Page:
App Store May Violate Japanese Antitrust Law
Apple's App Store policies may be violating Japanese antitrust law, according to a new report from the Japan Fair Trade Commission (FTC) that was shared by Nikkei. Japanese regulators do not believe there is enough "competitive pressure" on Apple and Google as the two companies have a duopoly in mobile operating systems and dominate the app market.
Japanese regulators want Apple and Google to allow users to choose third-party payment methods for apps and services, rather than forcing them to use the built-in purchase options in the App Store and Play Store. Google allows for third-party payment options for apps as of 2022, as does Apple in a very limited number of countries that have passed legislation calling for alternate payments.
The FTC suggested that app store commission rates between 15 and 30 percent could be an abuse of a dominant bargaining position. Apple in response said that a commission-based model was the best way to encourage development, while Google said that most developers are charged rates of 15 percent or less.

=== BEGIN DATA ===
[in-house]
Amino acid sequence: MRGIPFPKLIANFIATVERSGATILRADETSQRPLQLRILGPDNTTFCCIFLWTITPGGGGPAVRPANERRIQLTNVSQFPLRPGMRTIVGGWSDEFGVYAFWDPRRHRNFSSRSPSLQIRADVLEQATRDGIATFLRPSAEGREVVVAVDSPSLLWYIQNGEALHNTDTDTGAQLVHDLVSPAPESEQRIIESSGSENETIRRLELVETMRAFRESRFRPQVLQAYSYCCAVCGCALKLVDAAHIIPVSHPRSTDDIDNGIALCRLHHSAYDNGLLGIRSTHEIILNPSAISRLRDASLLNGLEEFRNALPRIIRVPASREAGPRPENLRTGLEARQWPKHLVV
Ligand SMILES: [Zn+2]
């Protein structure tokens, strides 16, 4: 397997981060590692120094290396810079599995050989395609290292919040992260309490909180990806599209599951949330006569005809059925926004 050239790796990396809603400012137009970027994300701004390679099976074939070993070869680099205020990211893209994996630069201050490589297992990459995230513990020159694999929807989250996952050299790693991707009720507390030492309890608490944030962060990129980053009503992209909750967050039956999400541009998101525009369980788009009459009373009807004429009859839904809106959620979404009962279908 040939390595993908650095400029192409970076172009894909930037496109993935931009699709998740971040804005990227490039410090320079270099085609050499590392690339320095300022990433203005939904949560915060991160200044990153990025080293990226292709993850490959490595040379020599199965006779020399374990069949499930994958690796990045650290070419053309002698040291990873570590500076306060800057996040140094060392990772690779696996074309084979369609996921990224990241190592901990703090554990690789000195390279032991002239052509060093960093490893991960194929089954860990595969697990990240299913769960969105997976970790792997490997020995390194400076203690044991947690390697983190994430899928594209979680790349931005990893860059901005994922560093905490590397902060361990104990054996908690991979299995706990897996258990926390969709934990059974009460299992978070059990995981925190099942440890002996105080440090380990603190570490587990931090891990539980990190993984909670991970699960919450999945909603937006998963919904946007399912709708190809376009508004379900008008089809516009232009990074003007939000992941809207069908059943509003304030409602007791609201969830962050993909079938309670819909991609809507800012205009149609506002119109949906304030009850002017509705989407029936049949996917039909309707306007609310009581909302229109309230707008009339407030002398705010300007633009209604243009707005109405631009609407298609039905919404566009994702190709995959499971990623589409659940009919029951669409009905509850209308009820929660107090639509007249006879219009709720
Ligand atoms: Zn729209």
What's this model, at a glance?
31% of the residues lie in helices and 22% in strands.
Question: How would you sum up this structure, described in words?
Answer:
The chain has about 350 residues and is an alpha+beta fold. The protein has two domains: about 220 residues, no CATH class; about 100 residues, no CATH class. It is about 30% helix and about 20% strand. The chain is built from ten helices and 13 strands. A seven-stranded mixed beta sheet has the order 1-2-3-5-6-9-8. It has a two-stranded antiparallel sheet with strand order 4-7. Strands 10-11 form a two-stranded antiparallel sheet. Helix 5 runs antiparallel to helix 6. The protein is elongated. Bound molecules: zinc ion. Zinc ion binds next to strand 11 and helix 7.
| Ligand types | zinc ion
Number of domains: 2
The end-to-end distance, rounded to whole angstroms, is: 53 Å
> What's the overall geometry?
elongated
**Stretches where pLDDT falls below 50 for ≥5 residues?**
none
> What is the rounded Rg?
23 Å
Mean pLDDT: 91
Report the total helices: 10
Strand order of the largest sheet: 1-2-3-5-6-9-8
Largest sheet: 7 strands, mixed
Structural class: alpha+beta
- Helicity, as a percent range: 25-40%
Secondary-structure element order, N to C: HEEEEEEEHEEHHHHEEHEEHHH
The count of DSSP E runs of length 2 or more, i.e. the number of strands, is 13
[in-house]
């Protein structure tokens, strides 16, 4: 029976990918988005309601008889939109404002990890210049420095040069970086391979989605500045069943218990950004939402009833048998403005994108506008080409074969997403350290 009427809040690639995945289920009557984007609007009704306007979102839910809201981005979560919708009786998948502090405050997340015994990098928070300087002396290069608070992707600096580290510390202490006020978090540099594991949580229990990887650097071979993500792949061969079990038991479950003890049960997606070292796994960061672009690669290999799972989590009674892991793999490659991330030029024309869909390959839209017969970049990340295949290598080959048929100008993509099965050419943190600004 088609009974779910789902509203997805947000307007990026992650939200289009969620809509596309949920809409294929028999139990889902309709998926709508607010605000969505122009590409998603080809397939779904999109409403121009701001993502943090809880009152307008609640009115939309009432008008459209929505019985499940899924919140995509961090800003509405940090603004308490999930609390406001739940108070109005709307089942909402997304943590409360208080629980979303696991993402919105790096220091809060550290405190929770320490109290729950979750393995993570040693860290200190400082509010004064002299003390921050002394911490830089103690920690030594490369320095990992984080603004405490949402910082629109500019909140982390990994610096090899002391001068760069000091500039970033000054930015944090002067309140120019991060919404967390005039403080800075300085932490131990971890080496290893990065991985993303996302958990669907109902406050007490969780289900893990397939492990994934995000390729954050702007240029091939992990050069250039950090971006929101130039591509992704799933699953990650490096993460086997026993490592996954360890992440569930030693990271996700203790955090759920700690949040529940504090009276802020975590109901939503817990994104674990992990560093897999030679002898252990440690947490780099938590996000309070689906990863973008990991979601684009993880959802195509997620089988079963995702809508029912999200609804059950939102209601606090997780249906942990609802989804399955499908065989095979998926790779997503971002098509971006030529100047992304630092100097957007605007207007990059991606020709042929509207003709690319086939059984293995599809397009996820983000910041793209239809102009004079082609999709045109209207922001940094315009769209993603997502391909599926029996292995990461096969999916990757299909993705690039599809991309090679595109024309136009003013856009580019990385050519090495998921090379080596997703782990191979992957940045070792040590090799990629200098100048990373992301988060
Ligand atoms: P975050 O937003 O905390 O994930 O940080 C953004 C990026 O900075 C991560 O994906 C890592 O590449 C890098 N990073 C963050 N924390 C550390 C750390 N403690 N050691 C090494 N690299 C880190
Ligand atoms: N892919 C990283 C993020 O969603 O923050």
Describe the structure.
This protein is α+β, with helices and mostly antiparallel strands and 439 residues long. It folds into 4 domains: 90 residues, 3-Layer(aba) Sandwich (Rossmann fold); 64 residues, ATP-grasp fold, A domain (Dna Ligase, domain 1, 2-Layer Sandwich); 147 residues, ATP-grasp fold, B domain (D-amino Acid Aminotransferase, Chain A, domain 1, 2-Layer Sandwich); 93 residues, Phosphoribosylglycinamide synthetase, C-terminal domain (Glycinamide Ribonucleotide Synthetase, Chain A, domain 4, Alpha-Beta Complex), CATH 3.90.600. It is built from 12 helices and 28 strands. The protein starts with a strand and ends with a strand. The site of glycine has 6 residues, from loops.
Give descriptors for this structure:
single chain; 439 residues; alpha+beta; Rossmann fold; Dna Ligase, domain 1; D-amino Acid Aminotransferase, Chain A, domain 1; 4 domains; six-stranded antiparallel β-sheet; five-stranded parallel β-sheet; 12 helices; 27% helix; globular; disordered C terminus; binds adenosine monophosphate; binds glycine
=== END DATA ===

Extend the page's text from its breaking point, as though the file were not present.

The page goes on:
The two companies were also accused of manipulating search rankings to favor their own apps over competitors, which they denied.
The Japan FTC is calling for further regulation to suppress anti-competitive behavior, and said that it plans to work with the government council on digital competition on new laws. FTC head Ryota Inaba told Nikkei that the group will "respond strictly to any behavior found to violate antitrust law."
Today's report suggests that Japan could force Apple into accepting third-party payment options, something that it already does in South Korea after the country passed a law banning app store operators from forcing developers to use their billing systems. Apple has a similar allowance for dating apps in the Netherlands, allowing them to accept alternative payment methods after a dispute with the country's Authority for Consumers and Markets.
In Europe, Apple is gearing up to accommodate the Digital Markets Act, which will require it to allow apps to be downloaded on the iPhone using sideloading or alternate app stores, functionality expected as soon as iOS 17.
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Top Rated Comments
For any other industry, if there were only two competitors, it would almost certainly violate anti-competition laws.
don't get me wrong, i love a lot about the products but they need to be brought down a peg.